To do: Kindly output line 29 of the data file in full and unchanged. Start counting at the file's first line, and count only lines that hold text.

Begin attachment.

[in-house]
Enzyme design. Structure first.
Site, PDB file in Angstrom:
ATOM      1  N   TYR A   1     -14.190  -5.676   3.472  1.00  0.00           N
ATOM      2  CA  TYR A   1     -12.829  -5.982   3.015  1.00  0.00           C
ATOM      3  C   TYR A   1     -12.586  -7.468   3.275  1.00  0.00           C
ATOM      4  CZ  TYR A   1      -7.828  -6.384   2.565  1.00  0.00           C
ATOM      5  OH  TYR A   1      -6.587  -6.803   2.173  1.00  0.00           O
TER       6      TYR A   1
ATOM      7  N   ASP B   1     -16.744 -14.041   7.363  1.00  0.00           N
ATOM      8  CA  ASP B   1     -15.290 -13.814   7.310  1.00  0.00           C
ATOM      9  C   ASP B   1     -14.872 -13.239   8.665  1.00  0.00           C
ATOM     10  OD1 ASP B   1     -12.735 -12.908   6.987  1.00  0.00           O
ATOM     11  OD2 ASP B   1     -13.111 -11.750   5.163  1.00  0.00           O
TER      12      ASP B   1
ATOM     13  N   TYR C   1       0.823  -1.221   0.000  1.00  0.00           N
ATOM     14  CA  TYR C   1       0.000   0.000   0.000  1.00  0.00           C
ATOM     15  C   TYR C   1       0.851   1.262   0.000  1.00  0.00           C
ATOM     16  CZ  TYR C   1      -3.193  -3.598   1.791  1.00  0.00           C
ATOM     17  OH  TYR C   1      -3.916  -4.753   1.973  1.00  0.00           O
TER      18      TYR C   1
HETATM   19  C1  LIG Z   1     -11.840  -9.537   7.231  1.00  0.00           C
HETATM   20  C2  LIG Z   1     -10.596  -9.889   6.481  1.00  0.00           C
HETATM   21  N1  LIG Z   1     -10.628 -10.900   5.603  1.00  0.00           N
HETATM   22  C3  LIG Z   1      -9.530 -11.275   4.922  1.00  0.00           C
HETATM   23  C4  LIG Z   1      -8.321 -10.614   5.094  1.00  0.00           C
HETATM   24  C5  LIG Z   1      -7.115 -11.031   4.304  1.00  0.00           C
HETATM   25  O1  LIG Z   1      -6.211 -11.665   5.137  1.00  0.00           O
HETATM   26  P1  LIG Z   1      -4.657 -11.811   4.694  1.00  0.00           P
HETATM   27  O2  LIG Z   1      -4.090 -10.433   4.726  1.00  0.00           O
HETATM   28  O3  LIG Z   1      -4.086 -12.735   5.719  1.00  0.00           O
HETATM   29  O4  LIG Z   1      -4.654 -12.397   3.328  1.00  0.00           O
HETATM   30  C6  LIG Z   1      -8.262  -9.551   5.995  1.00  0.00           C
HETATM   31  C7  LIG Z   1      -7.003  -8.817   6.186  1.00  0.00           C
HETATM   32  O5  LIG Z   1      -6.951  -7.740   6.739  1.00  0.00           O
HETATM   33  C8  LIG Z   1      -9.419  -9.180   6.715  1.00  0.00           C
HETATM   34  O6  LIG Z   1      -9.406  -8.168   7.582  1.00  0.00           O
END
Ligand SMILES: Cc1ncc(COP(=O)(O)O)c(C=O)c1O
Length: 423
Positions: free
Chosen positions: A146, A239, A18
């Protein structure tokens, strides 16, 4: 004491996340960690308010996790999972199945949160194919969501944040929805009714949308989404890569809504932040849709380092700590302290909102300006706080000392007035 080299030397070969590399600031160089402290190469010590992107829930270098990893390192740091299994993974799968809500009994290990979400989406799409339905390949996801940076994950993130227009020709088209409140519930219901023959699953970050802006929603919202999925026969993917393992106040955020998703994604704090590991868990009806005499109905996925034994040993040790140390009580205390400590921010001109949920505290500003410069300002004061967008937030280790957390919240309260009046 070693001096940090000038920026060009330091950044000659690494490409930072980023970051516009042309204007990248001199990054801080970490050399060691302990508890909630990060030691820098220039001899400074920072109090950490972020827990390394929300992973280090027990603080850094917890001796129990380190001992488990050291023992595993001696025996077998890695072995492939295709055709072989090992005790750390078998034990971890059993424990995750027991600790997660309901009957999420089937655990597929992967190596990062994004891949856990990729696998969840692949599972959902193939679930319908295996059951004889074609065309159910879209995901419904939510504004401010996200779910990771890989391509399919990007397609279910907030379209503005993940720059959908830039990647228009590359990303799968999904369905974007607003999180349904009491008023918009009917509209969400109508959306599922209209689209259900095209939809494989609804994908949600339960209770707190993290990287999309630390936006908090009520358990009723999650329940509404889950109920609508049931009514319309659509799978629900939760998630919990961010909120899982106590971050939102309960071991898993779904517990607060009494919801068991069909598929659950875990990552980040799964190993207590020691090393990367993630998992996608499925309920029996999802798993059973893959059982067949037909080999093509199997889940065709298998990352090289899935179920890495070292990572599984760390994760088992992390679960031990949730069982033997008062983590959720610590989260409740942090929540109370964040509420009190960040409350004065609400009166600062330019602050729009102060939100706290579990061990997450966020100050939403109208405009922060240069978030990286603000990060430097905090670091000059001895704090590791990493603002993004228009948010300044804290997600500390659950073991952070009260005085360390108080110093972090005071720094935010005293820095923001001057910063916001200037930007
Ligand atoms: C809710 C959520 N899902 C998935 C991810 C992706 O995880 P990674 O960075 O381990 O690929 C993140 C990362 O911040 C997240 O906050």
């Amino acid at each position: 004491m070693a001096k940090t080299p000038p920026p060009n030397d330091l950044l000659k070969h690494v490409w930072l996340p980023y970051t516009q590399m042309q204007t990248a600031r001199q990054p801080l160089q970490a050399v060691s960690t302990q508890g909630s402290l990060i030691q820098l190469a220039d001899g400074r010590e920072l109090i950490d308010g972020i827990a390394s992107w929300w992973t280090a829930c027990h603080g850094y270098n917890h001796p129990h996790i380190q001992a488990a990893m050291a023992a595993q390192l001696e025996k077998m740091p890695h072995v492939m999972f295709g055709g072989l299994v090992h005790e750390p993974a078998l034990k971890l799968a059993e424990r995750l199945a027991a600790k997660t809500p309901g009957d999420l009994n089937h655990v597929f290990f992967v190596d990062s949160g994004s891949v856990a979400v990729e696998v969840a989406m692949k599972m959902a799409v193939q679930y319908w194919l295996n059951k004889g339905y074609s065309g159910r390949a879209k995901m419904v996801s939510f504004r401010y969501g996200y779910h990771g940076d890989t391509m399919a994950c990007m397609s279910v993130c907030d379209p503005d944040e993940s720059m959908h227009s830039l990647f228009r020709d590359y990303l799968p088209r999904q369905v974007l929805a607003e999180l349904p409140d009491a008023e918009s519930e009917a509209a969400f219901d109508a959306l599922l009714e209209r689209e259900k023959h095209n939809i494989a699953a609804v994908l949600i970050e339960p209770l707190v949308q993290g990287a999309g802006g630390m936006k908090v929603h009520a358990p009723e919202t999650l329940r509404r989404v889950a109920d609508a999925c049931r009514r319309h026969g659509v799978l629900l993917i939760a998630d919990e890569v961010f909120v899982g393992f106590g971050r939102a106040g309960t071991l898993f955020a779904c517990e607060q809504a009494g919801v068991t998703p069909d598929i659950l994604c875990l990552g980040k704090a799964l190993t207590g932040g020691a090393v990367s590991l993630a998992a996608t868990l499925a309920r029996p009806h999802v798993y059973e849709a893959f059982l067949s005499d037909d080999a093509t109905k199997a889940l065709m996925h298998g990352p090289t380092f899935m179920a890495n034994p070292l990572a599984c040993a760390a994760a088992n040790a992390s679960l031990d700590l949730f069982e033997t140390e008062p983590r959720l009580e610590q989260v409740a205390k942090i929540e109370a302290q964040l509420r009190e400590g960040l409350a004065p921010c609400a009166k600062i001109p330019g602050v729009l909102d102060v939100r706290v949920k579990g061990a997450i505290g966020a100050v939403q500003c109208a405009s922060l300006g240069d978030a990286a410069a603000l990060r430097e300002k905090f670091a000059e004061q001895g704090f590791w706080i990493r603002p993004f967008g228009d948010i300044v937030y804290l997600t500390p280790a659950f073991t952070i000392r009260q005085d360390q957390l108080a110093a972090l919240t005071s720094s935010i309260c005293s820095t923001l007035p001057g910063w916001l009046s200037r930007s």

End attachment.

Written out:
HETATM   26  P1  LIG Z   1      -4.657 -11.811   4.694  1.00  0.00           P